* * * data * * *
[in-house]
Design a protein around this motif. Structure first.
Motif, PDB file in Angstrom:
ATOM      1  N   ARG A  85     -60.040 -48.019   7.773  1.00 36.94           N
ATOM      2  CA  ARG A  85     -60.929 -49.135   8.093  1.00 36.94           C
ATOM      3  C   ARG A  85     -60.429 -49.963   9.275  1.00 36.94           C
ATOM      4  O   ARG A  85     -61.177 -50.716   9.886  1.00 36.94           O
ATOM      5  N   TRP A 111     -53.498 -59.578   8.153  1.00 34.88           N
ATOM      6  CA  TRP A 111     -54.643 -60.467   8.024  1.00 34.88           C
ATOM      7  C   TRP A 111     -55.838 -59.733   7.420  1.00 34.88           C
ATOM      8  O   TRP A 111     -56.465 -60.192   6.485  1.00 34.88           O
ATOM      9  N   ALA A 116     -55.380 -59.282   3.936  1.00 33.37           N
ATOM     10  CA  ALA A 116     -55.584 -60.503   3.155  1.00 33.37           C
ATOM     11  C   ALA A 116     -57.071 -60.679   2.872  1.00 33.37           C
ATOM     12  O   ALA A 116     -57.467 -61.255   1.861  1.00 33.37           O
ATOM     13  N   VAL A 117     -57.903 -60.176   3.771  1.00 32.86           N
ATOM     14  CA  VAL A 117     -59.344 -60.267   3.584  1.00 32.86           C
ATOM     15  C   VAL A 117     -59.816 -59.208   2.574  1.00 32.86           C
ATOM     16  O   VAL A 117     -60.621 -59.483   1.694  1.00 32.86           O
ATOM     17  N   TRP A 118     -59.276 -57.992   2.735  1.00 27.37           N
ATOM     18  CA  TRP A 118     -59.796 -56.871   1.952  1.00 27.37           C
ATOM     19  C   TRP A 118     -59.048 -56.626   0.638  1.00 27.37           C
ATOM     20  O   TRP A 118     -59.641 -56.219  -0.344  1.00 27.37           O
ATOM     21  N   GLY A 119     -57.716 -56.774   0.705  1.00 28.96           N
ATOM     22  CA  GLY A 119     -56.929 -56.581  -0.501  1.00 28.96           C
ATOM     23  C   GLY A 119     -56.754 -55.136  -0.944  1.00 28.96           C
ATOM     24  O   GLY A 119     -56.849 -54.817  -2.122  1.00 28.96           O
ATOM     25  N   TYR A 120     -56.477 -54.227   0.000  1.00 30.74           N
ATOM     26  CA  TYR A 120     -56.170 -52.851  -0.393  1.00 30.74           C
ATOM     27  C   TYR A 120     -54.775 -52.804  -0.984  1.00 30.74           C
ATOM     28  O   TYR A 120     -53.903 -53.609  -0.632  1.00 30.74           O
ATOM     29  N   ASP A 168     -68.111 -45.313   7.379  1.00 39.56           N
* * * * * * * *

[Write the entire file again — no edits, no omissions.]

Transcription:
[in-house]
Design a protein around this motif. Structure first.
Motif, PDB file in Angstrom:
ATOM      1  N   ARG A  85     -60.040 -48.019   7.773  1.00 36.94           N
ATOM      2  CA  ARG A  85     -60.929 -49.135   8.093  1.00 36.94           C
ATOM      3  C   ARG A  85     -60.429 -49.963   9.275  1.00 36.94           C
ATOM      4  O   ARG A  85     -61.177 -50.716   9.886  1.00 36.94           O
ATOM      5  N   TRP A 111     -53.498 -59.578   8.153  1.00 34.88           N
ATOM      6  CA  TRP A 111     -54.643 -60.467   8.024  1.00 34.88           C
ATOM      7  C   TRP A 111     -55.838 -59.733   7.420  1.00 34.88           C
ATOM      8  O   TRP A 111     -56.465 -60.192   6.485  1.00 34.88           O
ATOM      9  N   ALA A 116     -55.380 -59.282   3.936  1.00 33.37           N
ATOM     10  CA  ALA A 116     -55.584 -60.503   3.155  1.00 33.37           C
ATOM     11  C   ALA A 116     -57.071 -60.679   2.872  1.00 33.37           C
ATOM     12  O   ALA A 116     -57.467 -61.255   1.861  1.00 33.37           O
ATOM     13  N   VAL A 117     -57.903 -60.176   3.771  1.00 32.86           N
ATOM     14  CA  VAL A 117     -59.344 -60.267   3.584  1.00 32.86           C
ATOM     15  C   VAL A 117     -59.816 -59.208   2.574  1.00 32.86           C
ATOM     16  O   VAL A 117     -60.621 -59.483   1.694  1.00 32.86           O
ATOM     17  N   TRP A 118     -59.276 -57.992   2.735  1.00 27.37           N
ATOM     18  CA  TRP A 118     -59.796 -56.871   1.952  1.00 27.37           C
ATOM     19  C   TRP A 118     -59.048 -56.626   0.638  1.00 27.37           C
ATOM     20  O   TRP A 118     -59.641 -56.219  -0.344  1.00 27.37           O
ATOM     21  N   GLY A 119     -57.716 -56.774   0.705  1.00 28.96           N
ATOM     22  CA  GLY A 119     -56.929 -56.581  -0.501  1.00 28.96           C
ATOM     23  C   GLY A 119     -56.754 -55.136  -0.944  1.00 28.96           C
ATOM     24  O   GLY A 119     -56.849 -54.817  -2.122  1.00 28.96           O
ATOM     25  N   TYR A 120     -56.477 -54.227   0.000  1.00 30.74           N
ATOM     26  CA  TYR A 120     -56.170 -52.851  -0.393  1.00 30.74           C
ATOM     27  C   TYR A 120     -54.775 -52.804  -0.984  1.00 30.74           C
ATOM     28  O   TYR A 120     -53.903 -53.609  -0.632  1.00 30.74           O
ATOM     29  N   ASP A 168     -68.111 -45.313   7.379  1.00 39.56           N